May be the best study Bible available
ESV Study Bible (www.esvstudybible.org)
Publisher: Crossway Bibles
The ESV Study Bible (2008) may be the best of its kind. The English Standard Version text, which is “essentially literal,” is a major reason. The ESV “seeks as much as possible to capture the precise wording of the original text and the personal style of each Bible writer.” It is not an exact word for word translation as you would have in an interlinear Bible, but it’s not far from it.
The ESV Bible made its appearance in 2001 with praise from a broad spectrum of evangelicals including Joni Eareckson Tada, Max Lucado, Dr. R. C. Sproul and Dr. Joseph M. Stowell. The text is a revision of the Revised Standard Version and is slightly more literal.
From my days working at a Bible bookstore, I remember a nifty handout prepared by Zondervan that showed where the different translations fell on a scale depicting their literalness. On the left side of the spectrum, you had the most literal versions and on the opposite, those that were the least. Everything fell in between the two outermost points, which in this case were the interlinear Bible and The Message.
The New American Standard Bible was in second position, followed by The Amplified Bible, and in fourth position, the ESV. The Revised Standard Version and the King James Version were next in line. For comparison, I found online an individual who had done a scholarly ranking, admittedly subjective, but nevertheless interesting. He ranked the ESV and the New American Standard as the two best for study. He had the King James Version and the New American Standard at 2½ on a scale of 1 to 10 with one being the most literal. The ESV was a 3 and the New International Version was further back at 4½.
The ESV Study Bible boasts that it is the most comprehensive study Bible ever published, and judging from all the additional material outside the Bible text, this may not be an exaggeration. All the notes, maps, illustrations, articles and other features are “new,” which probably means that they were either created for this Bible or have never been published before in this form in a study Bible. Those who purchase the print edition also get access to the ESV Online Study Bible.
The format is comparable to the New International Version Study Bible with notes filling the lower quarter or half of the page. The notes cover many but not all of the verses. These are preceded by highlighted boxes that summarize the thought of a section of Scripture. The notes on the individual verses fill in the detail.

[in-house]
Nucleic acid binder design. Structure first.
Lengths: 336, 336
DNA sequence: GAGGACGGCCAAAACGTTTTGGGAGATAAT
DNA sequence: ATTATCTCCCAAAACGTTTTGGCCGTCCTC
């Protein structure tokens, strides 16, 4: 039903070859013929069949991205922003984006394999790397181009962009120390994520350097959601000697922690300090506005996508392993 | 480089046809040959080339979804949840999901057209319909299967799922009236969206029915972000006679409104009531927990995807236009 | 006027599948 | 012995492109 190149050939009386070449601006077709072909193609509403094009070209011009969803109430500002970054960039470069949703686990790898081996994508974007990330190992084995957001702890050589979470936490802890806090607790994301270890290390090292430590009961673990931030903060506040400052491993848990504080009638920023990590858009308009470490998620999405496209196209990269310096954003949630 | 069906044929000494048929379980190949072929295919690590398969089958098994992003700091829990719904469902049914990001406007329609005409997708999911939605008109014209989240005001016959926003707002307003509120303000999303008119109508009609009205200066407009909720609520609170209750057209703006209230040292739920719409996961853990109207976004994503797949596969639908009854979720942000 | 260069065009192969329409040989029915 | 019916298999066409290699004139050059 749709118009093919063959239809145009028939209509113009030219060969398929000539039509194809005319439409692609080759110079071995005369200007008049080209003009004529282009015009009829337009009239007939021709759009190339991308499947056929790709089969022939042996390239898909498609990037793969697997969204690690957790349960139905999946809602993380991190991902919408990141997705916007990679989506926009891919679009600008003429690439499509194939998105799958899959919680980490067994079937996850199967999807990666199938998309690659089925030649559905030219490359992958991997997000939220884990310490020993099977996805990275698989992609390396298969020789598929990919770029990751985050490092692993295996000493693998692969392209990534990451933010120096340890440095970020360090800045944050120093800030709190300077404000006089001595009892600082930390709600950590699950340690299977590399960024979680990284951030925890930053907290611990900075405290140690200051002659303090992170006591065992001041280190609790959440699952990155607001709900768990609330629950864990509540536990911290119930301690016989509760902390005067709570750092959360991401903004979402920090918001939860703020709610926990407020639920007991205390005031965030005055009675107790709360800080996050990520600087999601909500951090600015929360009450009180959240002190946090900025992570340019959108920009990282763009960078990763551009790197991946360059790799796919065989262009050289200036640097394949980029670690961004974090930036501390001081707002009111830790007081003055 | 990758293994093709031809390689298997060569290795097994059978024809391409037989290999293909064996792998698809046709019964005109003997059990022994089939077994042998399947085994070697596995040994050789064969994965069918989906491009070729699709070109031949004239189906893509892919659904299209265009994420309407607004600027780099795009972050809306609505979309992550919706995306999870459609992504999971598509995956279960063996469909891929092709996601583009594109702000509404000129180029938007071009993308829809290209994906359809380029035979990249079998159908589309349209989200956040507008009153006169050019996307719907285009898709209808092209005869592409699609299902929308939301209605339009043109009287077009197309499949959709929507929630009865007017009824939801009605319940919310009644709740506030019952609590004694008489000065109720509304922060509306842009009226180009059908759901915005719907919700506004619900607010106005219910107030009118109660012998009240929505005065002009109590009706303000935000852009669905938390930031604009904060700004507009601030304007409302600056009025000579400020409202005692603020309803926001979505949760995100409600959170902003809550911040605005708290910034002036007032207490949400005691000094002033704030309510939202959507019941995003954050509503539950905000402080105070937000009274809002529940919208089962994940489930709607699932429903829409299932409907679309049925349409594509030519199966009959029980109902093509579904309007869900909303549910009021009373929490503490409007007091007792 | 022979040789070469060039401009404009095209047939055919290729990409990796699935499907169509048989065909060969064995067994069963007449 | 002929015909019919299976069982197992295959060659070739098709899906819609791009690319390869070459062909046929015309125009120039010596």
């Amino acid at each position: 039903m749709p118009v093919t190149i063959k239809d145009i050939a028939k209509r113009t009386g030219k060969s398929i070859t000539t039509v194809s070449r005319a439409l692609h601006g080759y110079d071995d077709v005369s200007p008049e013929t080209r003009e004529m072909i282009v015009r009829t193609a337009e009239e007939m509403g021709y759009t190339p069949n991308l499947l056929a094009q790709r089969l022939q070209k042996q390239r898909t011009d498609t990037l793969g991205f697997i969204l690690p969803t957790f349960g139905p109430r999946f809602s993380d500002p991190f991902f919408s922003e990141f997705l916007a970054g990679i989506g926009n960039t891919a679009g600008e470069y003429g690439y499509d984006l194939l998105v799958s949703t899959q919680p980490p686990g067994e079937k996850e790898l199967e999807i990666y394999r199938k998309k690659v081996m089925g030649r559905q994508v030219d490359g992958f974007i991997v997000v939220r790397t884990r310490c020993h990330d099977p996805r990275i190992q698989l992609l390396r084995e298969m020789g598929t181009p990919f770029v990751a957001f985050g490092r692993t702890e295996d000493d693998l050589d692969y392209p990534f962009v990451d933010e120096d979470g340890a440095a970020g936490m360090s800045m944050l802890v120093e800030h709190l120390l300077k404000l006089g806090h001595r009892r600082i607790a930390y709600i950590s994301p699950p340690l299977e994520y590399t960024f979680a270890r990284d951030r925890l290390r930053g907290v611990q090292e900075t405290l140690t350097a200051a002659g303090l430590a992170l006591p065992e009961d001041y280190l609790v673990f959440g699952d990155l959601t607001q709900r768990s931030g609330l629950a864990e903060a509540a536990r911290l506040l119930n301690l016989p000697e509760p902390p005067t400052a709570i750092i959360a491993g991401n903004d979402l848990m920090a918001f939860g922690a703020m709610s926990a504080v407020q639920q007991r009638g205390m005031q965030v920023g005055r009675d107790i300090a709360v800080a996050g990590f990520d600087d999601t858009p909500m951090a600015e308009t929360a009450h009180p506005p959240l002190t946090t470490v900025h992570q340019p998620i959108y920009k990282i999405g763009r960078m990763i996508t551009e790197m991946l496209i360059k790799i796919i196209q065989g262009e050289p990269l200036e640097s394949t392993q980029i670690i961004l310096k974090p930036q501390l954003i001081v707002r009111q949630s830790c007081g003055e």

The helpfulness and quality of the notes is impressive. Equally magnificent is a section of articles in the back breaking down major Bible themes like salvation, doctrine, ethics, interpretation, reading, the canon of scripture, the reliability of manuscripts, archaeology, original languages, and how the New Testament interprets and quotes the Old Testament. You also get a section that deals not only with the Bible’s relationship within Christianity, but how its teachings compare with those of world religions and cults. A concordance and color maps are in the back. Many smaller, colored maps are embedded in the notes. One thing this does not have is the words of Christ in red, which I know from experience is important to some people.
This was created by a team of 95 evangelical Christian scholars and teachers from various backgrounds. Their names, the institutions that they represent, and their educational attainments are listed in the front of the Bible.
Unless you prefer a study Bible with a special emphasis, as in the New Spirit-Filled Bible, which is geared toward Charismatics, or one that is more hands-on, as in the New Inductive Study Bible, which requires a great deal of discipline and marking, this is an excellent choice for use by a broad spectrum of Christians. It gives you a translation that is accurate, appealing from a literary standpoint, and places before you a large amount of scholarly but accessible reference material.
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